Why study the Master of International Relations with UTS Online?

Australia's #1 performing young university1

Best University Under 50 in the World2

Ranked in the Top 5 nationally for graduate employability3

100% online with support from enrolment through to graduation

¹QS Rankings, 2024   ²THE Young University Rankings, 2023    3QS Graduate Employability Rankings, 2022

Learning Outcomes
  • Professional Readiness
    Employ effective strategies to navigate professional interactions across diverse cultural contexts in Australia and internationally.  
  • Critical and Creative Inquiry 
    Apply advanced understanding of international relations theories and concepts to the analysis of real-world case studies and complex global issues. Apply advanced research methods and data analysis techniques to address complex global issues.  
  • International and Intercultural Engagement 
    Demonstrate proficiency in navigating intercultural dynamics in Australia and internationally. 
  • Indigenous Competencies
    Critically reflect on ethical Indigenous research practices to work with and for Indigenous peoples across international relations research and professions. 
  • Active Citizenship 
    Demonstrate an informed, critical perspective on current sustainability practices and act in socially responsible ways in both Australian and international settings.  
  • Effective Communication
    Effectively communicate evidence-based solutions to complex global issues using advanced research methods and data analysis techniques. 

What you will study

The Master of International Relations comprises 12 subjects (72 credit points [CP] in total), with 9 core subjects and 3 electives.  

Note: Most subjects at UTS are worth 6CP (credit points) but this can vary across courses



Complete the following subjects (54 CP):

Intercultural and International Communication (6 CP) 

This subject is designed to provide essential intercultural skills crucial for success in today's interconnected professional realm. Delve into both theoretical and practical dimensions of intercultural communication, facilitating effective engagement across diverse organisational and governmental contexts. Explore key debates in intercultural theory, analyse real-world scenarios, and develop strategies to navigate cross-cultural situations. Mastering this subject empowers you to excel in a global work environment, creating a significant influence.

The Future of the International Order (6 CP)

This subject delves into comprehending the intricacies of the international order, exploring its foundational theories, influential players, pivotal institutions, and potential trajectories. Students analyse prevalent theories like Realism, Liberalism, and Constructivism, dissecting diverse entities and establishments shaping the global system. Historical insights uncover its evolution, from transformative events to the role of ideology, power, and norms. By examining contemporary challenges and potential directions, students refine their expertise in international relations.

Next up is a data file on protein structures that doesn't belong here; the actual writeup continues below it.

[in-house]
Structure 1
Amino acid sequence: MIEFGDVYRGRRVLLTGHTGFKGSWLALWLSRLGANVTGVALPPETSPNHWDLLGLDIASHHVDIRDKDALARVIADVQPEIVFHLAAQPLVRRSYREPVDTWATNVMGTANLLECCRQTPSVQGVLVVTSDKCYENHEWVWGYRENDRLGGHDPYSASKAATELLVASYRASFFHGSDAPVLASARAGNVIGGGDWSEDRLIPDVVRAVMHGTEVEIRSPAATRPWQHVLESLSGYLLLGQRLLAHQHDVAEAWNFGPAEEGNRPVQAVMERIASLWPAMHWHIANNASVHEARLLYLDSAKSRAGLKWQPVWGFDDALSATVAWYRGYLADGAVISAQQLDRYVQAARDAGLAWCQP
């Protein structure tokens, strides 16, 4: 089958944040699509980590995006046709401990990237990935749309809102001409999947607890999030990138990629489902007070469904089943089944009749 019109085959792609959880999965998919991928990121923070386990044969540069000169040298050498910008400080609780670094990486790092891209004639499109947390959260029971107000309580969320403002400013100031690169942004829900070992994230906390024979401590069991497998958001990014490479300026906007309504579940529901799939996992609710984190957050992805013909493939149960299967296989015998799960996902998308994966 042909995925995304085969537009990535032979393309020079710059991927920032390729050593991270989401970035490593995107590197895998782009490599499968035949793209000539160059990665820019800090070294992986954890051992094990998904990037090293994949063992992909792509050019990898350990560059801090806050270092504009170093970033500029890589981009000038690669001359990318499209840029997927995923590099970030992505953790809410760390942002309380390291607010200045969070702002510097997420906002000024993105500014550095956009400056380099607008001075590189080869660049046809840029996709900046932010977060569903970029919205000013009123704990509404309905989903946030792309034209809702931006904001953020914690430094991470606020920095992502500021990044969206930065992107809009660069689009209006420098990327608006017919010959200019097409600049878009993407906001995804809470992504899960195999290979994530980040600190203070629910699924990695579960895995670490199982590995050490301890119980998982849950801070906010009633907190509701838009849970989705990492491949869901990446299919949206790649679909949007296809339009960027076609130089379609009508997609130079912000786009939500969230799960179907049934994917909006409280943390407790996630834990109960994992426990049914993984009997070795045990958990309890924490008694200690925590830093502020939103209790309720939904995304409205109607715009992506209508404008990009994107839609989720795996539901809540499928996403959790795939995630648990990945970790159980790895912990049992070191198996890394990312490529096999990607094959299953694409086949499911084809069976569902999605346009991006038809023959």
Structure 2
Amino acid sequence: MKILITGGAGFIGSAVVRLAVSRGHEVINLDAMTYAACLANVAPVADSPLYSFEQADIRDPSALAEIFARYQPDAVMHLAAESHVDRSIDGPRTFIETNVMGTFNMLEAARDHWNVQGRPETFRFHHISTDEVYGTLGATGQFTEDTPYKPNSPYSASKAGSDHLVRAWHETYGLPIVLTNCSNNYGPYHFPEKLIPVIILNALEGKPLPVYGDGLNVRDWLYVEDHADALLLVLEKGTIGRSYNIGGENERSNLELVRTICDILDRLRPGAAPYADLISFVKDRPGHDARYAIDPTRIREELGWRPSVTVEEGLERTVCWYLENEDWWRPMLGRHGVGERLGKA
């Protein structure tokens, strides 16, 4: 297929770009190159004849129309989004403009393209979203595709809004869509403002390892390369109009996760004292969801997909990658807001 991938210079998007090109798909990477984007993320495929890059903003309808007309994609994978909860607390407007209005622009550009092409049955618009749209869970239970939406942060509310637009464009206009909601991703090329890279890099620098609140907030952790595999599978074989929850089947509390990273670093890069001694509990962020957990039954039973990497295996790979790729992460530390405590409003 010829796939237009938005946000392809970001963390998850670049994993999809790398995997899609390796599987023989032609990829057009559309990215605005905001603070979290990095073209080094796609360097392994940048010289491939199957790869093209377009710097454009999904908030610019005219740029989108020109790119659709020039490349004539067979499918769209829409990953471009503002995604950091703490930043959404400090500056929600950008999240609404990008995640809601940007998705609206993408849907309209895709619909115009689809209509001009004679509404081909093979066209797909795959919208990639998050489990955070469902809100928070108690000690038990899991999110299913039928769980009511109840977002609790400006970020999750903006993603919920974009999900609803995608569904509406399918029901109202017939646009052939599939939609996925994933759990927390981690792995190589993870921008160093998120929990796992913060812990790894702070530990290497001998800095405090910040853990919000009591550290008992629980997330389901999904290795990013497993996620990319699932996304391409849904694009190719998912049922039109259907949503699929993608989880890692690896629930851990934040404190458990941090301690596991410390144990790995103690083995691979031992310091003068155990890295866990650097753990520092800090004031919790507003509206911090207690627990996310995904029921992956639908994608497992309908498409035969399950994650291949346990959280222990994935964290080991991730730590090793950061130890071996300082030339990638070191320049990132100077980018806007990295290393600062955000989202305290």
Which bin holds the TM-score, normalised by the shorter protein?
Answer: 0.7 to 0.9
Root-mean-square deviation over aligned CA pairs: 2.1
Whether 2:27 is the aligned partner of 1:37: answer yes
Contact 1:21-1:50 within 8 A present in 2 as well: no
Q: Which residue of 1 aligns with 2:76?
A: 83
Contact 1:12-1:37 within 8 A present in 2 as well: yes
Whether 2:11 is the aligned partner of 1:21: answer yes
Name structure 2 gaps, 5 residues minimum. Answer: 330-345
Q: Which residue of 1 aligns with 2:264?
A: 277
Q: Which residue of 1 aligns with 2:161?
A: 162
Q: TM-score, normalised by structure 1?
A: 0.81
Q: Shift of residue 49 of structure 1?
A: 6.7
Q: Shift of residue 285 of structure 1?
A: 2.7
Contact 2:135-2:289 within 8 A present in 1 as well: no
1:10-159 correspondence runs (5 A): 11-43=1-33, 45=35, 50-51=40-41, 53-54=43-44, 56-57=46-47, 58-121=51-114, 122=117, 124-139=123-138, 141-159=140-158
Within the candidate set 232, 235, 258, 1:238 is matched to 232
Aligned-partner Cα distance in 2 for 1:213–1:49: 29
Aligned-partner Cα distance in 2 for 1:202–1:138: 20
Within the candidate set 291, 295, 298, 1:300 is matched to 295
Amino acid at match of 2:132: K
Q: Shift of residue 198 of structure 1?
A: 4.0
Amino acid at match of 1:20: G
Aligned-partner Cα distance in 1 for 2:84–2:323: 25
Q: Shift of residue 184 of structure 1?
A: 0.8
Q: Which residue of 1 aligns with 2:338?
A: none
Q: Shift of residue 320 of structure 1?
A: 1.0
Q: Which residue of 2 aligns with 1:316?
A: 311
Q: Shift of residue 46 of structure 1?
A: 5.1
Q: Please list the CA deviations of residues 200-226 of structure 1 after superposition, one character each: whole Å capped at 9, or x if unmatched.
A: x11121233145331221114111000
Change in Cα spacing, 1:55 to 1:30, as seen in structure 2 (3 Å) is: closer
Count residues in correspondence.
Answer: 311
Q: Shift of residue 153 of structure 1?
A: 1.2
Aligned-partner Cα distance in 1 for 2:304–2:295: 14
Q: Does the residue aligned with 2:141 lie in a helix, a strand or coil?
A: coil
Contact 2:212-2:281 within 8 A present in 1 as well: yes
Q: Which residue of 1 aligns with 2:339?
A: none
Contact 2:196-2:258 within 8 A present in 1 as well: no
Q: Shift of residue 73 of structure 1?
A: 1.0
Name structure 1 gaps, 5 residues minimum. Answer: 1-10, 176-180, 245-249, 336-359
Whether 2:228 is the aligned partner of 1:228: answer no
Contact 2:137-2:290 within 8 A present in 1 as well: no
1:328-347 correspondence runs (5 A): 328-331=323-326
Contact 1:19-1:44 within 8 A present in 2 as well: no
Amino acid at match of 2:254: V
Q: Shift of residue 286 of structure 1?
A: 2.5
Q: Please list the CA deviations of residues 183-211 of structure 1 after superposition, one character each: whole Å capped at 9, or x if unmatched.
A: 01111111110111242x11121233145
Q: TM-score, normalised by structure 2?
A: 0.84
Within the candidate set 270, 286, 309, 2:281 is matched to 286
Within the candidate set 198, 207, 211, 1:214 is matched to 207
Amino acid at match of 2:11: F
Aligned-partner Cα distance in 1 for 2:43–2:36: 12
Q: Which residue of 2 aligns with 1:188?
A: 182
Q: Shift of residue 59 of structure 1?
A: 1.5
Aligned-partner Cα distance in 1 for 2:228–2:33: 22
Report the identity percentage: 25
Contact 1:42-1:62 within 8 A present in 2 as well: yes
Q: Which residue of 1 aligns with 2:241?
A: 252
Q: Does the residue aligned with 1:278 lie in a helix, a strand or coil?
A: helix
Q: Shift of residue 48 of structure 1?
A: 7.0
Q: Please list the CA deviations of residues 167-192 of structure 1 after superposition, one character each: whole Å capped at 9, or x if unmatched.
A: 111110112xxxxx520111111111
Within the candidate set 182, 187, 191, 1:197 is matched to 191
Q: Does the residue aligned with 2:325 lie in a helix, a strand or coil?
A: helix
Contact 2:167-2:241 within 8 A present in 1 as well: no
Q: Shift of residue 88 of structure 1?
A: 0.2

Sustainability and Global Governance (6 CP) 

In this subject, explore global environmental challenges like climate change, biodiversity loss, and environmental degradation. Acquire essential skills for sustainable development, understanding multi-scalar environmental policies and international law. Analyse the roles of states, international bodies, civil society, and the private sector in advancing sustainability. Assess the efficacy of diverse collaboration methods in addressing specific environmental concerns. Engage in theoretical study and case analysis to comprehend international environmental governance and sustainable development strategies.

Reframing International Political Economy (6 CP)

This subject equips you to unravel the complexities of the international political economy, a vital skill in today's global landscape. Explore the intricate interactions between global dynamics and local governance, dissecting economic, political, and social forces' interplay. Gain a comprehensive grasp of key economic concepts and theories, assessing their relevance on a global scale. Investigate how international organisations, multinational corporations, sovereign states, and NGOs shape global economic policies and influence local communities. Address critical issues like trade liberalisation, economic inequality, sustainable growth, and international development through critical analysis and contemporary governance frameworks. Through diverse perspectives, empirical data, and real-world case studies, this subject provides a holistic view of the global economy and governance's pivotal role in shaping its future.   

The Asia-Pacific in the 21st Century (6 CP)

In this subject, you'll explore the evolving dynamics of the Asia-Pacific region, a global economic powerhouse anticipated to shape the strategic landscape of the 21st century. Investigate crucial trends, challenges, and opportunities, including the ascent of East Asia as a significant global economic and political entity. Analyse the changing power dynamics, territorial disputes, and diplomatic relations among major regional players like China, Japan, South Korea, the United States, and Australia. Evaluate the socio-economic, political, and security implications of regional integration and the influence of bodies like ASEAN in shaping the Asia-Pacific's future. Through case studies and theoretical perspectives, you'll critically examine how power, territory, and diplomacy shape the region.

Geopolitics and Australian Foreign Policy (6 CP)

In this subject, you'll delve into the intricate interplay of geography, geopolitics, and security, crucial for shaping Australia's foreign policy strategies in today's complex global landscape. Explore a comprehensive understanding of state power, territorial control, and national security and their pivotal roles in Australia's foreign policy decision-making. Analyse the influence of geopolitics on state behaviour, power competition, and dynamics of influence. Examine the evolving concept of sovereignty in a globalised world, studying the relationship between state security, national interests, and strategies encompassing military power, intelligence, and diplomacy. Through theoretical insights and real-world case studies, grasp how geopolitics shapes Australia's foreign policy and influences the global system.

Global Crime, Justice & Security (6 CP)

In this subject, you'll delve into the critical realm of global crime and security, equipping yourself to address significant security challenges such as terrorism, organised crime, and cyber threats. Employing a multidisciplinary approach, you'll unravel the intricate connections between criminology, criminal justice, policing, and security within a global context. Develop both theoretical and practical tools to analyse the causes, patterns, and impacts of global crime and security issues. The subject encompasses three key themes: